This article is the first in a series of essays written by Black physicists and co-published with Physics World as part of #BlackInPhysics Week, an event dedicated to celebrating Black physicists and their contributions to the scientific community and to revealing a more complete picture of what a physicist looks like.
This past May I earned my doctorate in physics, becoming the first Black woman to do so at Yale University. There are very few Black women with doctorates in physics. Approximately 100 Black women have received a PhD in a physics-related field in the US.
With such a dearth in numbers, at times I experience a sense of loneliness and isolation in physics. Some people are taken aback by my presence in research settings. On a number of occasions, I have been mistaken for janitorial staff within physics departments, in national laboratories, and at conferences. This is a common experience among my Black physics colleagues. Anecdotally, the anonymity of email and conference calls smooths over some of the stilted behavior I otherwise experience working with new colleagues face-to-face. An initial encounter may be awkward, but in time, as new colleagues become familiar with my physics acumen, preconceived notions fade away.
Physicists hail from all socioeconomic and cultural backgrounds. I have had the good fortune of working closely with physicists from all over the world. When we rally around the physics questions at hand, differences in background don’t seem to matter. Close collaboration in physics requires trust, openness, and transparency. With these keystones to a relationship established in the physics setting, the pivot to get to know and understand my colleagues on a more personal level is eased. Even though making a groundbreaking measurement or establishing a revolutionary new theory is ultimately what many of us are after as researchers, close relationships developed along our journeys are the sustenance that keeps us going.
As a physics major at Princeton University, I had the great fortune of working with professor Frank Calaprice. The experience fundamentally changed the trajectory of my life. But for this connection, I would not be in the position I find myself in today. As my senior thesis adviser, Calaprice suggested a topic, in situ purification for liquid argon dark matter detectors, that I could actively work on in the laboratory over the course of my senior year. Apparently pleased with my work, Calaprice offered me a position to continue working with him the summer following graduation. I continued on with Calaprice for the next two-plus years. During that time, I worked closely with Princeton graduate students and postdoctoral associates, traveled internationally to work at Gran Sasso National Laboratory in Italy, and developed the confidence to pursue a doctorate in physics.
Years later, Princeton held a celebration for Calaprice marking his many contributions to the field. Among the attendees were a physics Nobel laureate and many prominent professors of physics and national laboratory staff scientists. Over the course of the event program, I learned about the trials and tribulations Calaprice had encountered over his decades-long career. What struck me most was the continued mentorship he had carried out over the years. There were many people just like me whom Calaprice had taken under his wing and worked closely with in their development as scientists. These mentees hailed from all backgrounds. Our common denominator was our interest in physics. We would all like to leave our mark on the field with a groundbreaking discovery, but in many ways each of us can leave the field better than we found it through the people we develop and the connections we make.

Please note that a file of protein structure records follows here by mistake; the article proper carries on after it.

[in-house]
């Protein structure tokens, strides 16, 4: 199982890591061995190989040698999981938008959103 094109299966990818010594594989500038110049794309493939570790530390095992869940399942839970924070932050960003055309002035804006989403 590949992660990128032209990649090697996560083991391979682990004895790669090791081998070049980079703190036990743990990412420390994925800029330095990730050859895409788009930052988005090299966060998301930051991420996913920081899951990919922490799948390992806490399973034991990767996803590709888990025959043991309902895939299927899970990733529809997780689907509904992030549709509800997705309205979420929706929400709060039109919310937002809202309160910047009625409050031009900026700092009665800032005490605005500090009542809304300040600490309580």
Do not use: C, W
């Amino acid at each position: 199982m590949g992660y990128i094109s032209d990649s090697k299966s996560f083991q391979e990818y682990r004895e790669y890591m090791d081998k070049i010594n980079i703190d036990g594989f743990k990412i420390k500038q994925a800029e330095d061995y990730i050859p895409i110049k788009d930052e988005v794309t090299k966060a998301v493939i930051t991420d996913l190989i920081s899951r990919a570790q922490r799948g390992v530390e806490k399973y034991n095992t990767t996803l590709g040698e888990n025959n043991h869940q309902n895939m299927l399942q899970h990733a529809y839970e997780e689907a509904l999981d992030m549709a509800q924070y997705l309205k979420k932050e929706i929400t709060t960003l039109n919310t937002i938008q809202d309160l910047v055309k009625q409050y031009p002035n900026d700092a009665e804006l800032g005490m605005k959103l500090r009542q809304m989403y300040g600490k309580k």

Not everyone is blessed with a Frank Calaprice in their life. However, the fostering of a constructive environment like the one I found myself in can and should be replicated to help bring new people into the field, especially those who otherwise initially think they do not have a place in physics. In my view, alongside Research Experience for Undergraduates (REU) and Science Undergraduate Laboratory Internships (SULI) programs, funding agencies should invest in making physics research opportunities available to the unconventional candidate—perhaps a student who returns to academia later in life, or a student who lacks a sterling academic record, or a veteran, or a young parent, and so on—to broaden the base of potential graduate school applicants. Burgeoning young scientists can be found within this talent pool, including up-and-coming Black scientists. The assumption that deciding to pursue a career in physics should occur during one’s undergraduate years is not necessarily well founded. In my case, life experiences helped prompt my path toward physics.
Much has been written about the scarcity of Black people with bachelor’s and doctoral degrees in physics. It is encouraging that awareness of the issue is becoming more prevalent and that many universities are constructing action plans to rectify the situation. I believe mentorship and investment in people will aid in turning the tide on the flatlined numbers of Black students pursuing physics degrees. Further, by our rallying around the physics, cultural walls and divisions can crumble. We should embrace our common physics interests in order to work through and better understand our differences. By the numbers, Black physicists today are trailblazers, in that few have tread our current path. It’s on all of us to clear the way for people of all backgrounds to follow.
Brooke Russell, a Chamberlain Postdoctoral Fellow at Lawrence Berkeley National Laboratory in California, studies neutrino oscillations in the Deep Underground Neutrino Experiment.